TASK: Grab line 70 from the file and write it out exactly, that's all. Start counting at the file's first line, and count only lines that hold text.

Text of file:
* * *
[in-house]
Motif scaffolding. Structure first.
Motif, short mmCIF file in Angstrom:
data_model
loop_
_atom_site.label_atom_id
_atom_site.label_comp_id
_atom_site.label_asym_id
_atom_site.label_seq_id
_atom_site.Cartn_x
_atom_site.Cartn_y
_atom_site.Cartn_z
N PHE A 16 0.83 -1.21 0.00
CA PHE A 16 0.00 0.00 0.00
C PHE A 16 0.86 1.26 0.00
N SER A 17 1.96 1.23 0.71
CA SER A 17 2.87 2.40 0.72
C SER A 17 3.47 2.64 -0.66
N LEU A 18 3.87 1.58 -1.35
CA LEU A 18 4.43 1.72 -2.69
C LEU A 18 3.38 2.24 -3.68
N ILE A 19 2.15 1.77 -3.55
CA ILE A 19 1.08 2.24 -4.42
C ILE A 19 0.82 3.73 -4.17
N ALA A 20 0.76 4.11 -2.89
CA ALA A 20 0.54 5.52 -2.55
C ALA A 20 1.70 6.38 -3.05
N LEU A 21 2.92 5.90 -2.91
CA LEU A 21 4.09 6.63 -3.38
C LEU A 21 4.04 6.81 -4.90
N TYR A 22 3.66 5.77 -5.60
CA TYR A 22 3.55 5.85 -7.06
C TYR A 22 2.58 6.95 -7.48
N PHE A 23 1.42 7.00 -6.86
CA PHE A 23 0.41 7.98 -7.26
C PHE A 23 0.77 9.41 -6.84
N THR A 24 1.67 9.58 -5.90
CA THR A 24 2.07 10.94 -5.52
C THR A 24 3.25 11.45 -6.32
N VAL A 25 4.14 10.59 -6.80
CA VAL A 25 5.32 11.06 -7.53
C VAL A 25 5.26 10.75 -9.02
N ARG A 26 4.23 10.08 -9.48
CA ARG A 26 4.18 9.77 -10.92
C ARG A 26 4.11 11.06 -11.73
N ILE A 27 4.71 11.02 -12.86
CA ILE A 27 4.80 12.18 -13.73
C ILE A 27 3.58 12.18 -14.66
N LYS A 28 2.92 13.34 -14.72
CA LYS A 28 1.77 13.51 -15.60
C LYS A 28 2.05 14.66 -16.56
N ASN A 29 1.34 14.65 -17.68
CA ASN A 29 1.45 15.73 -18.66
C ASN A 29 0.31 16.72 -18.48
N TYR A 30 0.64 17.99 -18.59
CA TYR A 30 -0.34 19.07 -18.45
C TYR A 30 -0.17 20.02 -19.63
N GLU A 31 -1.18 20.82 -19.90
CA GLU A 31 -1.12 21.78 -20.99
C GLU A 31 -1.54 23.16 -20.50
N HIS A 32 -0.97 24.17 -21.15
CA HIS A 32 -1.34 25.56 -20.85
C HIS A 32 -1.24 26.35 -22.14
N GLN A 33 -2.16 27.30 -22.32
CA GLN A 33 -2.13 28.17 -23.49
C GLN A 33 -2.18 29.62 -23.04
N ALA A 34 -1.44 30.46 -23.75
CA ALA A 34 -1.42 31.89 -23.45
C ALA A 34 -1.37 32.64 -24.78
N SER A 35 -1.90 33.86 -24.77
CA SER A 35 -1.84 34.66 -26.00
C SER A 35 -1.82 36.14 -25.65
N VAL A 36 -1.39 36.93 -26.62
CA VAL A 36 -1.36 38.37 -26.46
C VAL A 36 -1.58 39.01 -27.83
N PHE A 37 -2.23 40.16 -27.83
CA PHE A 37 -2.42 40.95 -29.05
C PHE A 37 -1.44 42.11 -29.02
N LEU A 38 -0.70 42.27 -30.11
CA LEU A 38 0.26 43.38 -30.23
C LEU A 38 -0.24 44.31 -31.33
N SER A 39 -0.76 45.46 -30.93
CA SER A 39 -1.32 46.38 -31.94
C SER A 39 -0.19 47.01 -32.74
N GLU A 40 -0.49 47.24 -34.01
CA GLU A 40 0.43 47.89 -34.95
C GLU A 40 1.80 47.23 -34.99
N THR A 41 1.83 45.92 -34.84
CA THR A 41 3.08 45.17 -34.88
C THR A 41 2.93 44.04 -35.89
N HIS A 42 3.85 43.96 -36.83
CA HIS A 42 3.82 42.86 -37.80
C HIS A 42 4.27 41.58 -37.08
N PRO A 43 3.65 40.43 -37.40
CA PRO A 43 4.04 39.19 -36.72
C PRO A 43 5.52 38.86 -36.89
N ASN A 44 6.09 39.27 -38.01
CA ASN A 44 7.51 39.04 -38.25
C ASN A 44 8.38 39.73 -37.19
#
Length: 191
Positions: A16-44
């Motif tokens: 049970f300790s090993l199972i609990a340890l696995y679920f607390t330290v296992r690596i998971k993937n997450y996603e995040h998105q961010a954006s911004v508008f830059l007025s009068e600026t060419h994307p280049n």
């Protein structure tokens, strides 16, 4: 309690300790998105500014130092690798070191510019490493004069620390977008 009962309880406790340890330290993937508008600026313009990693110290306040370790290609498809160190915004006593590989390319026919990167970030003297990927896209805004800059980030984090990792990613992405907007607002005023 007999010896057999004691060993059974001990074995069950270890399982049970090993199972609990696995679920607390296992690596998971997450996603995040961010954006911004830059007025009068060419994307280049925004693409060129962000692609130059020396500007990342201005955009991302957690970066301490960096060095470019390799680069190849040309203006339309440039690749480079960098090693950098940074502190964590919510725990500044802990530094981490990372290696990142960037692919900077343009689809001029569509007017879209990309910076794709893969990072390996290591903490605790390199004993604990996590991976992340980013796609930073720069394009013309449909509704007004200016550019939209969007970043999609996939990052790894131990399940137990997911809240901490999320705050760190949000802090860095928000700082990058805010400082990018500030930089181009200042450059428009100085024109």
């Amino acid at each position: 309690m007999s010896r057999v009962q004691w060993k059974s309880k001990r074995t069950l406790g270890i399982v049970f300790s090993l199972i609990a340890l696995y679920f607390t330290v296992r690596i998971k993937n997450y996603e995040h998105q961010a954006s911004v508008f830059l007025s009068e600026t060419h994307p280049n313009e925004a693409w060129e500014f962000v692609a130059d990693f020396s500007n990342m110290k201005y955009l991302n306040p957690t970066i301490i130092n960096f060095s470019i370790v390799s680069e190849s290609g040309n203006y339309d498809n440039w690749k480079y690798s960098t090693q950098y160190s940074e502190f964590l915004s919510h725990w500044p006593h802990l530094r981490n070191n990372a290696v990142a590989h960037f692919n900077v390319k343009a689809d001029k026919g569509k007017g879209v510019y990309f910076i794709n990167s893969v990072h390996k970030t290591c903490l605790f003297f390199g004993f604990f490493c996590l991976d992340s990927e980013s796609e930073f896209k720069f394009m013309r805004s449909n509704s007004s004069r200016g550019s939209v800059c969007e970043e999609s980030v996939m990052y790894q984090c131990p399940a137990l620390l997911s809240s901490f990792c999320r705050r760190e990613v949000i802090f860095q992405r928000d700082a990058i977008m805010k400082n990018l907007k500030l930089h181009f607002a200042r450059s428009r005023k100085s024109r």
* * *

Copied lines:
N SER A 35 -1.90 33.86 -24.77